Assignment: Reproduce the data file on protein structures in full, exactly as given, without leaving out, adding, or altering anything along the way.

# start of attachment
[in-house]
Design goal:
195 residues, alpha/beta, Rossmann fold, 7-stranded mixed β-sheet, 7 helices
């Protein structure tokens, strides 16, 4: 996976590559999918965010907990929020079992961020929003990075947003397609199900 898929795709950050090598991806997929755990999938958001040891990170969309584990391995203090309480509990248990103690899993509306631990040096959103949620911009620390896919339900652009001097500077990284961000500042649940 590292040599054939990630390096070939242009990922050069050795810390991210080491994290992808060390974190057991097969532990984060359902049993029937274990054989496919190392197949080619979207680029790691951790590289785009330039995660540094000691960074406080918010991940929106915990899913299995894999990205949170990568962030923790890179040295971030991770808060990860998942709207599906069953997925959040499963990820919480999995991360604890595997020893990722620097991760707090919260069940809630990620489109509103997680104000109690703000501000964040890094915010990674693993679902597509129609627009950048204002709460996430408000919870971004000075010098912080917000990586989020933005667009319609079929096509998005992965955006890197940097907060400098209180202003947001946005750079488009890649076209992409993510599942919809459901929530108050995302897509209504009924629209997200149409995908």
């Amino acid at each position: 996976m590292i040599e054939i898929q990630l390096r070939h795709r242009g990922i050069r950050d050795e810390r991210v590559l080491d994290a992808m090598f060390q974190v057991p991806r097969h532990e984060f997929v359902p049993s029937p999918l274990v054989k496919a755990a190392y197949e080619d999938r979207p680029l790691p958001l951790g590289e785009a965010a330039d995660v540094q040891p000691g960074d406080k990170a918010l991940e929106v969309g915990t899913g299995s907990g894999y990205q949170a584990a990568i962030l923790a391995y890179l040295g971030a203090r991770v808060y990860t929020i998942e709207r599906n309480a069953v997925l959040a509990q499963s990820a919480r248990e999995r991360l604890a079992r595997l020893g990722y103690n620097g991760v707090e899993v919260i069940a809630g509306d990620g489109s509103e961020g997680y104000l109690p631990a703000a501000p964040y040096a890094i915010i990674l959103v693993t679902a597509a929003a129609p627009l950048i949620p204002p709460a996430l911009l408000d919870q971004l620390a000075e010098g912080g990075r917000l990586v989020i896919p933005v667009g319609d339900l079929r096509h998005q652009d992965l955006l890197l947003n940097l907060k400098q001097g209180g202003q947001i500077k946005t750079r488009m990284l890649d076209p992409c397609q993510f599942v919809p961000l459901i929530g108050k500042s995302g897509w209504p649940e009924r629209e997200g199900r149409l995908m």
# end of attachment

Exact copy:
[in-house]
Design goal:
195 residues, alpha/beta, Rossmann fold, 7-stranded mixed β-sheet, 7 helices
């Protein structure tokens, strides 16, 4: 996976590559999918965010907990929020079992961020929003990075947003397609199900 898929795709950050090598991806997929755990999938958001040891990170969309584990391995203090309480509990248990103690899993509306631990040096959103949620911009620390896919339900652009001097500077990284961000500042649940 590292040599054939990630390096070939242009990922050069050795810390991210080491994290992808060390974190057991097969532990984060359902049993029937274990054989496919190392197949080619979207680029790691951790590289785009330039995660540094000691960074406080918010991940929106915990899913299995894999990205949170990568962030923790890179040295971030991770808060990860998942709207599906069953997925959040499963990820919480999995991360604890595997020893990722620097991760707090919260069940809630990620489109509103997680104000109690703000501000964040890094915010990674693993679902597509129609627009950048204002709460996430408000919870971004000075010098912080917000990586989020933005667009319609079929096509998005992965955006890197940097907060400098209180202003947001946005750079488009890649076209992409993510599942919809459901929530108050995302897509209504009924629209997200149409995908």
């Amino acid at each position: 996976m590292i040599e054939i898929q990630l390096r070939h795709r242009g990922i050069r950050d050795e810390r991210v590559l080491d994290a992808m090598f060390q974190v057991p991806r097969h532990e984060f997929v359902p049993s029937p999918l274990v054989k496919a755990a190392y197949e080619d999938r979207p680029l790691p958001l951790g590289e785009a965010a330039d995660v540094q040891p000691g960074d406080k990170a918010l991940e929106v969309g915990t899913g299995s907990g894999y990205q949170a584990a990568i962030l923790a391995y890179l040295g971030a203090r991770v808060y990860t929020i998942e709207r599906n309480a069953v997925l959040a509990q499963s990820a919480r248990e999995r991360l604890a079992r595997l020893g990722y103690n620097g991760v707090e899993v919260i069940a809630g509306d990620g489109s509103e961020g997680y104000l109690p631990a703000a501000p964040y040096a890094i915010i990674l959103v693993t679902a597509a929003a129609p627009l950048i949620p204002p709460a996430l911009l408000d919870q971004l620390a000075e010098g912080g990075r917000l990586v989020i896919p933005v667009g319609d339900l079929r096509h998005q652009d992965l955006l890197l947003n940097l907060k400098q001097g209180g202003q947001i500077k946005t750079r488009m990284l890649d076209p992409c397609q993510f599942v919809p961000l459901i929530g108050k500042s995302g897509w209504p649940e009924r629209e997200g199900r149409l995908m």